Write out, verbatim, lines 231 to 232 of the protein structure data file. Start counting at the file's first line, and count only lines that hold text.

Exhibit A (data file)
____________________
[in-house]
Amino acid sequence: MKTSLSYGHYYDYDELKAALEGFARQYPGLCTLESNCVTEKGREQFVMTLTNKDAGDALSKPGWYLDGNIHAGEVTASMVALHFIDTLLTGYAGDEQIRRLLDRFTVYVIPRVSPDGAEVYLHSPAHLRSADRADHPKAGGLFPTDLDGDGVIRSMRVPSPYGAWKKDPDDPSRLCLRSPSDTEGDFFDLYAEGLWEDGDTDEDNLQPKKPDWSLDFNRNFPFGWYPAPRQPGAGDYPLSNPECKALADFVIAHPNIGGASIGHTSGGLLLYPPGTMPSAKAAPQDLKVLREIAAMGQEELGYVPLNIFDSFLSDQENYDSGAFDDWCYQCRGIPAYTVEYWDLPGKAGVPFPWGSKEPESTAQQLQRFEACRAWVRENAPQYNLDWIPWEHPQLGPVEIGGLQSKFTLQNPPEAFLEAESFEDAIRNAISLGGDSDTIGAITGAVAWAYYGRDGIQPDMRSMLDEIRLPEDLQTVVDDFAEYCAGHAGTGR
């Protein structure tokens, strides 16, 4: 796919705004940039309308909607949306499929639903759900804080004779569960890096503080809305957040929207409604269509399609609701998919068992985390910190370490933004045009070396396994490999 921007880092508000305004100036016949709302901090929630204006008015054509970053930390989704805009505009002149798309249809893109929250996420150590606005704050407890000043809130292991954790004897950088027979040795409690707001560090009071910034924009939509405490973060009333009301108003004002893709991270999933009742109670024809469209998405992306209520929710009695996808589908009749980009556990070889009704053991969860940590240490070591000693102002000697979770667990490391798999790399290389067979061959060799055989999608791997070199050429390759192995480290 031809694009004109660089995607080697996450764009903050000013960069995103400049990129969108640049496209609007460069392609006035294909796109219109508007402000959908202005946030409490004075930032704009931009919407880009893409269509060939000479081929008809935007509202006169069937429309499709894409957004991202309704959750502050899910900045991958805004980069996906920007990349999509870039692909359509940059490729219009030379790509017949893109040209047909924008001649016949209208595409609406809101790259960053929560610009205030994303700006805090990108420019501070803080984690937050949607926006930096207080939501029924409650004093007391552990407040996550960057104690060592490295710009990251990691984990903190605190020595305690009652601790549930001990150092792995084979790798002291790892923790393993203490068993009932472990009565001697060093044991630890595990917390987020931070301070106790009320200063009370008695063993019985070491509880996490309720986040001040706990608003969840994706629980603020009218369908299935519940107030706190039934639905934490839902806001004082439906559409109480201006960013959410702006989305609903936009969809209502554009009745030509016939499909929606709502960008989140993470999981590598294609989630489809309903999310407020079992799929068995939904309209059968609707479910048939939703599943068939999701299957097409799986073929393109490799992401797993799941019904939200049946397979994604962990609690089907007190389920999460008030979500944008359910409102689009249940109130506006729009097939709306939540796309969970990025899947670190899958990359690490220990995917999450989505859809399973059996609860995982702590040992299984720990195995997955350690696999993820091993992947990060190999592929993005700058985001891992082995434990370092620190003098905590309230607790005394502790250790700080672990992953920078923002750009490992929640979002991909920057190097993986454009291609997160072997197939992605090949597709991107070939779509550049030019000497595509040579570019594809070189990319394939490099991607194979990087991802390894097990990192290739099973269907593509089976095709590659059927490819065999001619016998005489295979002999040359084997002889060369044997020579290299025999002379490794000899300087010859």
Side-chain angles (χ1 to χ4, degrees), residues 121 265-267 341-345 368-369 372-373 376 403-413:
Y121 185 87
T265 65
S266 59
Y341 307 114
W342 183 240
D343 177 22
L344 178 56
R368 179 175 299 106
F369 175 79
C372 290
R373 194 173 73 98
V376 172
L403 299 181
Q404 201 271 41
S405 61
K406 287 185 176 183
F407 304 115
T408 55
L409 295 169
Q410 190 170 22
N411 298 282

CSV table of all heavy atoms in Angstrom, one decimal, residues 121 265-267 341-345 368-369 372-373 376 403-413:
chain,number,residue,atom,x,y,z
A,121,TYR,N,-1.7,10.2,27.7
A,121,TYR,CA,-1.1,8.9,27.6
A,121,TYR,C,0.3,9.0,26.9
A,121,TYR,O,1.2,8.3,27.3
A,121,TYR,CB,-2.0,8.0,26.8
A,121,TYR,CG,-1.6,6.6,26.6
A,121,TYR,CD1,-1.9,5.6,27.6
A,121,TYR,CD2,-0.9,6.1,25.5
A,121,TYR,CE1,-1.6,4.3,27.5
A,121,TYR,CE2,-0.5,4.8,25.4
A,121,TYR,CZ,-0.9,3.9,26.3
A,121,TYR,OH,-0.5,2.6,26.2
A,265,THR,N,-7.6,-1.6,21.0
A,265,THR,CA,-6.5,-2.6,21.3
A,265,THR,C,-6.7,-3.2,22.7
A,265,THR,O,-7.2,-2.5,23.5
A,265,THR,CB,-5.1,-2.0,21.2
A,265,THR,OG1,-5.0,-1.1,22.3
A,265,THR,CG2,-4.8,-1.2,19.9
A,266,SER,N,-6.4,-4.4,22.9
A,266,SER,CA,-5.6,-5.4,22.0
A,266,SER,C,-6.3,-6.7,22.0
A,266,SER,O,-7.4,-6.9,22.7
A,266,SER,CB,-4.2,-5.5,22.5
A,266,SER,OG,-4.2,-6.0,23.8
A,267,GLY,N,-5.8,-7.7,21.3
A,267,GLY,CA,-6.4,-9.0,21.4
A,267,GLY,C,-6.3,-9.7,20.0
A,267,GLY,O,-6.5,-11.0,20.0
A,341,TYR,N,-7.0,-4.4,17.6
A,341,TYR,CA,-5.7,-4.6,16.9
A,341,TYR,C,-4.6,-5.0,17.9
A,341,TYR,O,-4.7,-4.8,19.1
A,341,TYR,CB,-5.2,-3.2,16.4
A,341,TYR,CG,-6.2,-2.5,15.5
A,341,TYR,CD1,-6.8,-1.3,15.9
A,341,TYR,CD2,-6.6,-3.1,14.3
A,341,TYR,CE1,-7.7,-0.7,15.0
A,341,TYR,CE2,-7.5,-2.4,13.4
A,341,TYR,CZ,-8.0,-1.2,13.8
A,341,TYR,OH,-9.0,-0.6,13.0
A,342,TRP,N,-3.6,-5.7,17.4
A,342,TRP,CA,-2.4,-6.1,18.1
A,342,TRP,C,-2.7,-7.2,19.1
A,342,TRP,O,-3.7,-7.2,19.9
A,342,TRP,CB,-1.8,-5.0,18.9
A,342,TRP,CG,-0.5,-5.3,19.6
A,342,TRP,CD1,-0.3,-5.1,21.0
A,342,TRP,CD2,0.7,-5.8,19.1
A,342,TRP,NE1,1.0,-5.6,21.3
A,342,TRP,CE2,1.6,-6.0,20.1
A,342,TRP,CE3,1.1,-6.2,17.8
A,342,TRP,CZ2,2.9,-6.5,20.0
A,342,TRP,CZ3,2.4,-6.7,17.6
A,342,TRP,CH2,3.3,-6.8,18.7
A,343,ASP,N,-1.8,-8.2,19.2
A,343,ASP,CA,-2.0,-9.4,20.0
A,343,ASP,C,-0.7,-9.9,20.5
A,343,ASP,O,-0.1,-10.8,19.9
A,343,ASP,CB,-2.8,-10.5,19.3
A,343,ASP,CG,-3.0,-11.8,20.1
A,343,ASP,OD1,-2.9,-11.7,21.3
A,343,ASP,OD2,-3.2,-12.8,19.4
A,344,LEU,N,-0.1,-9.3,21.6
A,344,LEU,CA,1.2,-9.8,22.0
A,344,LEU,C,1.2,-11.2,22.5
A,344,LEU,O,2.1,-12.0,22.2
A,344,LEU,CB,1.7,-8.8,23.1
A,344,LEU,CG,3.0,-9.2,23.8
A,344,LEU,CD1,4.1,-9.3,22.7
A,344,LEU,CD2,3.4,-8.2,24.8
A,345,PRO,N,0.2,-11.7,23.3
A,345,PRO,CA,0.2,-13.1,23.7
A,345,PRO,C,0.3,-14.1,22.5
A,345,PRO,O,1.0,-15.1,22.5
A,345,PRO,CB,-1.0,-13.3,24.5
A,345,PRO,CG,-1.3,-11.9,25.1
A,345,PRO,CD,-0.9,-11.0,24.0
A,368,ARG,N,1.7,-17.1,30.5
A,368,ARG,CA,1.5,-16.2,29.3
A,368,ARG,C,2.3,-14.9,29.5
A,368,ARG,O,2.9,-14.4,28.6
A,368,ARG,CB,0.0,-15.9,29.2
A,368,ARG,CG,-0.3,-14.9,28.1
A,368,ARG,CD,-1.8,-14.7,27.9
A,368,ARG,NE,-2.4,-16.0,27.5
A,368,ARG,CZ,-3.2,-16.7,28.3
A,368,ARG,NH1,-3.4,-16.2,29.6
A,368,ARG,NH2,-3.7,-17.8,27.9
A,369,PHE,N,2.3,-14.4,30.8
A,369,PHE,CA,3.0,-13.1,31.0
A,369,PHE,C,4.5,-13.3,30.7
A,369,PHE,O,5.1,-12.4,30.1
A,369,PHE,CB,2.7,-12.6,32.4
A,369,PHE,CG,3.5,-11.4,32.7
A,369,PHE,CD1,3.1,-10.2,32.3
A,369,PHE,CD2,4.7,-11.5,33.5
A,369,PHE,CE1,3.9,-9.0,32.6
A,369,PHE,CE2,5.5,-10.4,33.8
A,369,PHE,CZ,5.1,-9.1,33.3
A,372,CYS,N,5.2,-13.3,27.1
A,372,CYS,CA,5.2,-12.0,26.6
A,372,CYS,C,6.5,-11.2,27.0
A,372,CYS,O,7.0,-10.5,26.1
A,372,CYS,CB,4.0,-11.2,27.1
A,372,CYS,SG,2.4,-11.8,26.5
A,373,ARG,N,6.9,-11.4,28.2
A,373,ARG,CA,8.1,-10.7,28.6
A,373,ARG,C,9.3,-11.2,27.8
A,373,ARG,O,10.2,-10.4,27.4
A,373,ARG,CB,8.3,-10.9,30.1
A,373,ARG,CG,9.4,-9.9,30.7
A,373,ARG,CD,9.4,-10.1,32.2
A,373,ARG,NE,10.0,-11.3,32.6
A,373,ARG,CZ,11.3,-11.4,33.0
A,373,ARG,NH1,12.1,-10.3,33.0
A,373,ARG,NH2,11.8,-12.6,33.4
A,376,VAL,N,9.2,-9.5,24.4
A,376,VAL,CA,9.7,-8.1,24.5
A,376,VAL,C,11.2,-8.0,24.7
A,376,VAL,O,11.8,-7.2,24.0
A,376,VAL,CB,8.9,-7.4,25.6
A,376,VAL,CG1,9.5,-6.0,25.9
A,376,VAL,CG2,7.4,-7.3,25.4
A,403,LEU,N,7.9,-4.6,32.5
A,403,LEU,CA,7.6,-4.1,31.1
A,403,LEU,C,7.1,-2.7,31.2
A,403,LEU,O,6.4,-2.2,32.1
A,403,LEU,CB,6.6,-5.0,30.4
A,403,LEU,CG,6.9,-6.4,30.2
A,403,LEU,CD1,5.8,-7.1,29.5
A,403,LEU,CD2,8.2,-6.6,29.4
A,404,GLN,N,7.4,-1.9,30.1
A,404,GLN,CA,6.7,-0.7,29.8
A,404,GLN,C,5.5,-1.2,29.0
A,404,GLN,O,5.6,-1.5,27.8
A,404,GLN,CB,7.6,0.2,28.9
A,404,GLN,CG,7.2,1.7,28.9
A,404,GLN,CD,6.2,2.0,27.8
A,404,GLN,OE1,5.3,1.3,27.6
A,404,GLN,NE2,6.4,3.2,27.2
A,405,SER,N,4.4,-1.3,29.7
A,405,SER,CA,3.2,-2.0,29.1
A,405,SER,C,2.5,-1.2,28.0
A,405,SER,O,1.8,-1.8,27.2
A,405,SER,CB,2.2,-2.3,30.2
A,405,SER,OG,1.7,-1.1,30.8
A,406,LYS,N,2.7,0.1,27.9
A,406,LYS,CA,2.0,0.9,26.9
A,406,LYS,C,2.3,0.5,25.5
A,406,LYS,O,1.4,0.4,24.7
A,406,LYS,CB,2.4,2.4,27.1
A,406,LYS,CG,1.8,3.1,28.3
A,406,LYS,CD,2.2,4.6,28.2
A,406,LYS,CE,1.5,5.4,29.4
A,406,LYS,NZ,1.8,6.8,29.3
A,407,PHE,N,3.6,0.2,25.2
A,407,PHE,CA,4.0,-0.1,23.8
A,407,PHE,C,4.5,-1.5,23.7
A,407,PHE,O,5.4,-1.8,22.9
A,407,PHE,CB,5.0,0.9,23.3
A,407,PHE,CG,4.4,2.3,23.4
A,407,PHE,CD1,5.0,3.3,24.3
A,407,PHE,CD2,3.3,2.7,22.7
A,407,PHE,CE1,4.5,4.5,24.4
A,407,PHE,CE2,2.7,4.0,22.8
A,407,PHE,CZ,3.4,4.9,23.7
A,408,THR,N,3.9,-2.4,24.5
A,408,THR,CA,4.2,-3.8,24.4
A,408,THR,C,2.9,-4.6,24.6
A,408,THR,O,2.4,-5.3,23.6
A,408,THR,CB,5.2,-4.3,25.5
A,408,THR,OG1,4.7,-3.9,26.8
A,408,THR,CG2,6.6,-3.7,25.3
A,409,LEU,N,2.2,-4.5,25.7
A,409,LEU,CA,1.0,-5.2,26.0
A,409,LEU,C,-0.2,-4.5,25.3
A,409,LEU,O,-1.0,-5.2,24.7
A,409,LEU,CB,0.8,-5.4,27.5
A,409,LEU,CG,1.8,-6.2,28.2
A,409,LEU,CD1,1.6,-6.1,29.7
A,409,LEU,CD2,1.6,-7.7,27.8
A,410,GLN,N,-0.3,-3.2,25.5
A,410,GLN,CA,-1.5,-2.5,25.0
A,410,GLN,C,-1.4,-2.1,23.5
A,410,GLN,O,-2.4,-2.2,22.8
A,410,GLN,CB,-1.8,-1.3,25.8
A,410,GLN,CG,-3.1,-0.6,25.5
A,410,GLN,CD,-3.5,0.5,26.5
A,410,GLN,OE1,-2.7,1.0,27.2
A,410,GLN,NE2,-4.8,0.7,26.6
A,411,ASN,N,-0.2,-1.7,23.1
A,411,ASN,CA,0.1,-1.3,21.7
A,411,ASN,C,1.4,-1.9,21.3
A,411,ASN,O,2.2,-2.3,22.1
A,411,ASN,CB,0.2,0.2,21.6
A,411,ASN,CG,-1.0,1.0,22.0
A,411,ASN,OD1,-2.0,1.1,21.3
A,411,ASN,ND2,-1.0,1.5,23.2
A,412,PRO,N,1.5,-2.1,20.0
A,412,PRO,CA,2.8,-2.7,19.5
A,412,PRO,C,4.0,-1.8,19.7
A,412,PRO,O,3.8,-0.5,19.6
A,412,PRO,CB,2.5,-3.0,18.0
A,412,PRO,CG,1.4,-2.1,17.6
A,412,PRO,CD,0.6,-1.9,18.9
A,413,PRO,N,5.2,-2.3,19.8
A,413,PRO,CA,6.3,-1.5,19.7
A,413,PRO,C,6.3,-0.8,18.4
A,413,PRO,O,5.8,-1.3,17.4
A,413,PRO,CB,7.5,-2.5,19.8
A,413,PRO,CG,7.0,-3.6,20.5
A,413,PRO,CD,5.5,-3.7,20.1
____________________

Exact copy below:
A,412,PRO,CB,2.5,-3.0,18.0
A,412,PRO,CG,1.4,-2.1,17.6